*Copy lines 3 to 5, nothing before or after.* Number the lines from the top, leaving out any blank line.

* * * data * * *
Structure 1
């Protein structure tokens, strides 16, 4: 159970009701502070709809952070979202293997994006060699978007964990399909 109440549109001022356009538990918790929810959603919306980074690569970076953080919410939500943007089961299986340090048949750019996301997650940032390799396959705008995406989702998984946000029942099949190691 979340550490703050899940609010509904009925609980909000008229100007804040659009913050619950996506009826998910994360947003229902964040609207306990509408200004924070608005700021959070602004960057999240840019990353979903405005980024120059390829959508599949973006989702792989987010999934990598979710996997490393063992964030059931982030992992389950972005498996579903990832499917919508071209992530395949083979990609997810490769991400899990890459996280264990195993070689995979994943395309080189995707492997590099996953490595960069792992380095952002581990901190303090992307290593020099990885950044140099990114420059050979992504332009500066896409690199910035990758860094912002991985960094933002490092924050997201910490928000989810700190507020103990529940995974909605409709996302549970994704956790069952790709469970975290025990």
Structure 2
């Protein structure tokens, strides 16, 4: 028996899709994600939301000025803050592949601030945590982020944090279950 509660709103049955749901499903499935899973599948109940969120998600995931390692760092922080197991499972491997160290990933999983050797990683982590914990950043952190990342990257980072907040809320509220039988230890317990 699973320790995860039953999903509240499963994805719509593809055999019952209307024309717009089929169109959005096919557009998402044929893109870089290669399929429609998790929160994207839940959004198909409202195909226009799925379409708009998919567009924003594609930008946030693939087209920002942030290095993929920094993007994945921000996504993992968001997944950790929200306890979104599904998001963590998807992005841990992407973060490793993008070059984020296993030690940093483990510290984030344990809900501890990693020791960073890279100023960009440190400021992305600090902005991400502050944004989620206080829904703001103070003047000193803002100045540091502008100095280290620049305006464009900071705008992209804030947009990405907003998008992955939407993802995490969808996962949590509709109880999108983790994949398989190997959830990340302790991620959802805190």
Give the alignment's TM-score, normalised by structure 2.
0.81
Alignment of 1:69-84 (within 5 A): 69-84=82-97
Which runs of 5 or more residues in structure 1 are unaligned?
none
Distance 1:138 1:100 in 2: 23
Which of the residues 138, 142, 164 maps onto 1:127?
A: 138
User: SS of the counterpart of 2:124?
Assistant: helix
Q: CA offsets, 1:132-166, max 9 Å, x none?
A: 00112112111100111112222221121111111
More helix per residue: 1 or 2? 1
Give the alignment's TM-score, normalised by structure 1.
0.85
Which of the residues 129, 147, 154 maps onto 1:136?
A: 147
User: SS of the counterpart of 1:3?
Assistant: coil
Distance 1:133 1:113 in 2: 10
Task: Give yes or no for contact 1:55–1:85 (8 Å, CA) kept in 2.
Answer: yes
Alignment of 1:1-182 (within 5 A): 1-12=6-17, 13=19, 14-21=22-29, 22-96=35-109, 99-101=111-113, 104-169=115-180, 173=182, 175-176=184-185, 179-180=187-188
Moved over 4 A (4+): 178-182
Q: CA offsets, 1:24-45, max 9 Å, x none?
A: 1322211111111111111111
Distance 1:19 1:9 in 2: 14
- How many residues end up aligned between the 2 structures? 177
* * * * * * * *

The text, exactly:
Structure 2
């Protein structure tokens, strides 16, 4: 028996899709994600939301000025803050592949601030945590982020944090279950 509660709103049955749901499903499935899973599948109940969120998600995931390692760092922080197991499972491997160290990933999983050797990683982590914990950043952190990342990257980072907040809320509220039988230890317990 699973320790995860039953999903509240499963994805719509593809055999019952209307024309717009089929169109959005096919557009998402044929893109870089290669399929429609998790929160994207839940959004198909409202195909226009799925379409708009998919567009924003594609930008946030693939087209920002942030290095993929920094993007994945921000996504993992968001997944950790929200306890979104599904998001963590998807992005841990992407973060490793993008070059984020296993030690940093483990510290984030344990809900501890990693020791960073890279100023960009440190400021992305600090902005991400502050944004989620206080829904703001103070003047000193803002100045540091502008100095280290620049305006464009900071705008992209804030947009990405907003998008992955939407993802995490969808996962949590509709109880999108983790994949398989190997959830990340302790991620959802805190």
Give the alignment's TM-score, normalised by structure 2.